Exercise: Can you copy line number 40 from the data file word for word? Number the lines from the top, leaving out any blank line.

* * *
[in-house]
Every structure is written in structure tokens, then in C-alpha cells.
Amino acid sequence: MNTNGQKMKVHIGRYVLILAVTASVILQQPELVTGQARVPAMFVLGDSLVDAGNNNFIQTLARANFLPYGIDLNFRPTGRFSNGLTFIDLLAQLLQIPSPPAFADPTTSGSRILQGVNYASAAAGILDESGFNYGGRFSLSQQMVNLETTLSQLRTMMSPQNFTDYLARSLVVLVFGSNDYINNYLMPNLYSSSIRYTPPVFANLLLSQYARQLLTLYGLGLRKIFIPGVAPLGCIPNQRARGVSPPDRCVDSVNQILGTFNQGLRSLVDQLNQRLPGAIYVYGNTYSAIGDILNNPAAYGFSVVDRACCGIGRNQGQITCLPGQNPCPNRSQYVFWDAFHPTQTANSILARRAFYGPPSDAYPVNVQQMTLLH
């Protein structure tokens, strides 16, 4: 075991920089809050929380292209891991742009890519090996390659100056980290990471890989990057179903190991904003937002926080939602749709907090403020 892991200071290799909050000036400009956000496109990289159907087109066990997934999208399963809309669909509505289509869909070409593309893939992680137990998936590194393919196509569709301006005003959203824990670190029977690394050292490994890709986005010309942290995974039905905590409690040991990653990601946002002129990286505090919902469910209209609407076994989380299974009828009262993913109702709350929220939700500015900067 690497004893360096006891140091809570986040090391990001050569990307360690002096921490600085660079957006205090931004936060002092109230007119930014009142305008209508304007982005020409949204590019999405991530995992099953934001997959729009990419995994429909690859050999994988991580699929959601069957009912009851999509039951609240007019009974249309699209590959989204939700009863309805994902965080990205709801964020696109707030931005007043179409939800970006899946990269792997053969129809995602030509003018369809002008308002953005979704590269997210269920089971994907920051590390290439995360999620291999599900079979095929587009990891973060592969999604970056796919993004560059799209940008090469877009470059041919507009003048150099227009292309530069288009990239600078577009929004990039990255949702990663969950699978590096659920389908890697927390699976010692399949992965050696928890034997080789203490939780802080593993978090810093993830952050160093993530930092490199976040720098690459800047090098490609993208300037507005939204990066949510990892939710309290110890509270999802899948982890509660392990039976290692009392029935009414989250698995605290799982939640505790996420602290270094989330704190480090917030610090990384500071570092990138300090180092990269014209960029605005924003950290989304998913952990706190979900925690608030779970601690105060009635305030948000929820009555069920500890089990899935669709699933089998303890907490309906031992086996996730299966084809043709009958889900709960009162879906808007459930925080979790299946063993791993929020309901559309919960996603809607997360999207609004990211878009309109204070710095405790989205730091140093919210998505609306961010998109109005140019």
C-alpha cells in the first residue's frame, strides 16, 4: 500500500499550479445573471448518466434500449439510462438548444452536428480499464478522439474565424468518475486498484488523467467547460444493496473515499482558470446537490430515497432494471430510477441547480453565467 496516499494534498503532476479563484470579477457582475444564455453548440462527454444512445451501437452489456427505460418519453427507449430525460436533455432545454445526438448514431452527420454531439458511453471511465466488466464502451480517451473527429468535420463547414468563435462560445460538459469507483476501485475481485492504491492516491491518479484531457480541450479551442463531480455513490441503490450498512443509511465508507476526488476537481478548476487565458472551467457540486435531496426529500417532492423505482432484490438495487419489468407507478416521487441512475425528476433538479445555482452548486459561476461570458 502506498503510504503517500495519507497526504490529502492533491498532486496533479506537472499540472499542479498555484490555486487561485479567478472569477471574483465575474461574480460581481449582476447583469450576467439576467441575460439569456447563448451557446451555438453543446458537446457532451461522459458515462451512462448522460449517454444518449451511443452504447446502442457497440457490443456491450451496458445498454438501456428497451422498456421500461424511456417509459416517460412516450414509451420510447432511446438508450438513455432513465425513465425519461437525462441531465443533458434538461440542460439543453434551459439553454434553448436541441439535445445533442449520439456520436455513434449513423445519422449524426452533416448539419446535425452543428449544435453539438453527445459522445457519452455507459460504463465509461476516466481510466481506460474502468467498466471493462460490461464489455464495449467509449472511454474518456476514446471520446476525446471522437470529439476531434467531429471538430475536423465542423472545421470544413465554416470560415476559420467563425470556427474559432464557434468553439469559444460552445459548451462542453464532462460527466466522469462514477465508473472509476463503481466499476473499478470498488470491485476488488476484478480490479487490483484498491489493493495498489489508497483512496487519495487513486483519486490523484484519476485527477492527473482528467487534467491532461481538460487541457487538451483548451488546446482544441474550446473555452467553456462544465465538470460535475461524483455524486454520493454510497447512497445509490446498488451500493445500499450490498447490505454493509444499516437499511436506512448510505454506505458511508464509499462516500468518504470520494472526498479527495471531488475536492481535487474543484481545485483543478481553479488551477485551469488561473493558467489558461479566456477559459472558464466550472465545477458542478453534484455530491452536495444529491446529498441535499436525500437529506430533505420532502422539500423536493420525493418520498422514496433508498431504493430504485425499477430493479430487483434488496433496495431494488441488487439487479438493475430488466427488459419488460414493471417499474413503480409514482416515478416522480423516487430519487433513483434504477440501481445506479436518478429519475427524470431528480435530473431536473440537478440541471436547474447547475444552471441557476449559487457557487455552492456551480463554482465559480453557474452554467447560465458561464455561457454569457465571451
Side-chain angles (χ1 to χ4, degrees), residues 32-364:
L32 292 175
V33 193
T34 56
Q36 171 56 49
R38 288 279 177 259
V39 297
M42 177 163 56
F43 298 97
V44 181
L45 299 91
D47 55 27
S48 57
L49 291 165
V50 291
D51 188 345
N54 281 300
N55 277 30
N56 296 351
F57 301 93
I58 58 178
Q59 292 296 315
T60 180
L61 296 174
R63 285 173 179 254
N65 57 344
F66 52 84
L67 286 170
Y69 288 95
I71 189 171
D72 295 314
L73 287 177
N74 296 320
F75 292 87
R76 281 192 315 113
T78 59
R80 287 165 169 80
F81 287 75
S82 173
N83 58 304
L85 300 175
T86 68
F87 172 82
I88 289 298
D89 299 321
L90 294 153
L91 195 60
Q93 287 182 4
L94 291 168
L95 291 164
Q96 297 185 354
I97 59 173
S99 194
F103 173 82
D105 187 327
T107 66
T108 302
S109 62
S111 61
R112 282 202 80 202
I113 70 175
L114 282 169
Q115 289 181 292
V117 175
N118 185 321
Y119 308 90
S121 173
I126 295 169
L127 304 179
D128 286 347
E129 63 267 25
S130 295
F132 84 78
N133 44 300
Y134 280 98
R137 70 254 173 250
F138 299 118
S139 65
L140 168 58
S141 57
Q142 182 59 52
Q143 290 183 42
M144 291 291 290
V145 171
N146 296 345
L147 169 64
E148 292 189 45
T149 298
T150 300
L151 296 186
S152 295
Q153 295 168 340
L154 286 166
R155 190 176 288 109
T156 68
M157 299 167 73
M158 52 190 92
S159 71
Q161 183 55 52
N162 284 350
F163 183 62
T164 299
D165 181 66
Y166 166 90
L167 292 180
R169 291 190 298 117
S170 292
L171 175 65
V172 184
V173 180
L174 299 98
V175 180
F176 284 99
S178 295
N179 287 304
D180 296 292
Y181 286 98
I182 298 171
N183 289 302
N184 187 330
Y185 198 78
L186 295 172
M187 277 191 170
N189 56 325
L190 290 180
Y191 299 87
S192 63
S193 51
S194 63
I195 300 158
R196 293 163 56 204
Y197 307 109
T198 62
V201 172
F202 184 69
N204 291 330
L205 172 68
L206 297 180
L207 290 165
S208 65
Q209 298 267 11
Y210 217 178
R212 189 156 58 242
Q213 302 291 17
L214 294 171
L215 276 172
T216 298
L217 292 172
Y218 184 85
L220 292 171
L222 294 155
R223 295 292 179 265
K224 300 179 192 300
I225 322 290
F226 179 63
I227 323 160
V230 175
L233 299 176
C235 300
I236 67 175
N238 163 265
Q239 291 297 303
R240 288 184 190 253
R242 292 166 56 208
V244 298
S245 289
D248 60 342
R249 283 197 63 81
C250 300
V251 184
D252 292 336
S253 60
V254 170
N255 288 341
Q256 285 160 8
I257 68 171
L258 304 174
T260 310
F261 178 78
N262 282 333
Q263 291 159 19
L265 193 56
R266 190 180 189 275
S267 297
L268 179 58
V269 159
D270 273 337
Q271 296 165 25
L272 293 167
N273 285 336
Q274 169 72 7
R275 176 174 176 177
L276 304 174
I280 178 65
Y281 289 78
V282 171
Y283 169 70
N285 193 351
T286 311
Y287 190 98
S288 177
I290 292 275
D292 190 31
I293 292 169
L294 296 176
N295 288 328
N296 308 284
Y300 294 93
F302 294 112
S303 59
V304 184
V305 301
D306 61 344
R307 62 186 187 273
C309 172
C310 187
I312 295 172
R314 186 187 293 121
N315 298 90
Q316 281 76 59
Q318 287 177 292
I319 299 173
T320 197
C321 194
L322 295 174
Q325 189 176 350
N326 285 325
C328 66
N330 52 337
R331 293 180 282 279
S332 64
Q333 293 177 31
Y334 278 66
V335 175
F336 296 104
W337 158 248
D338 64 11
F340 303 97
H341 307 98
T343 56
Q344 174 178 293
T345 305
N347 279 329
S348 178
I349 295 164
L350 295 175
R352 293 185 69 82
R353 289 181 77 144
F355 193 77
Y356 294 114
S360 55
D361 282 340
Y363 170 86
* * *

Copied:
R76 281 192 315 113